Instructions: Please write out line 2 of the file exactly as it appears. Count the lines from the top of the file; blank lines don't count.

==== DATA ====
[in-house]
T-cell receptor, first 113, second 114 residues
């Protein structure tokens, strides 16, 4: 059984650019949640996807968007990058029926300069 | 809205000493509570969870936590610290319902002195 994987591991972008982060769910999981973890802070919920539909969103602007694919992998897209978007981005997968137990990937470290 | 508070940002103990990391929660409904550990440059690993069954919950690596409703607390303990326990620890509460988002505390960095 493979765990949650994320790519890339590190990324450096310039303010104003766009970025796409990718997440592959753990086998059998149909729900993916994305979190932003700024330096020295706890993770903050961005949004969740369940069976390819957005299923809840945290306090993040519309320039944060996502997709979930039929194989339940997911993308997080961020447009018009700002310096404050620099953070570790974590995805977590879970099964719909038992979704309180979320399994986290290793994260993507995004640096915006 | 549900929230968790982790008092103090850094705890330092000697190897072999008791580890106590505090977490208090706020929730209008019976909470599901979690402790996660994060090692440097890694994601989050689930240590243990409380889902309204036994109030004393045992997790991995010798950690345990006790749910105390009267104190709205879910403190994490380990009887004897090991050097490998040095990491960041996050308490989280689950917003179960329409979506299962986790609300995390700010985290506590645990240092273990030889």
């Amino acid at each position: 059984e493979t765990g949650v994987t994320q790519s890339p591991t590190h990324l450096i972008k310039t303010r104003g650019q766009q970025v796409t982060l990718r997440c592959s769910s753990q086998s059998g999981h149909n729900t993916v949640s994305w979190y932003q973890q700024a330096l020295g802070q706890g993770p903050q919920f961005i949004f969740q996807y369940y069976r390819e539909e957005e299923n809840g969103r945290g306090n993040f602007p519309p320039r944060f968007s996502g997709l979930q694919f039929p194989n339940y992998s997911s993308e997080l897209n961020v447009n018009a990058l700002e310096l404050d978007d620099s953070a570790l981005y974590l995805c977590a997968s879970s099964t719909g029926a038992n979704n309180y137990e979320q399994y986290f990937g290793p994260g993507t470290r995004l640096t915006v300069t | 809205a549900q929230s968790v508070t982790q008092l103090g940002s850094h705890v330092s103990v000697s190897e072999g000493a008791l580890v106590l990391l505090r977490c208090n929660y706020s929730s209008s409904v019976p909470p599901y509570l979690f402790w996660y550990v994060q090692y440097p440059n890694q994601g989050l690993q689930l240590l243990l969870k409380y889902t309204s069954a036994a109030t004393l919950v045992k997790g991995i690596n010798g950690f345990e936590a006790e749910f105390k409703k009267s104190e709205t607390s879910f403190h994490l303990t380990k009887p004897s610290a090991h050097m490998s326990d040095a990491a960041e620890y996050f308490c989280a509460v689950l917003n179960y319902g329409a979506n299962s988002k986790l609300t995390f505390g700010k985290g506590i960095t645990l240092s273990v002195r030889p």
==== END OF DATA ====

T-cell receptor, first 113, second 114 residues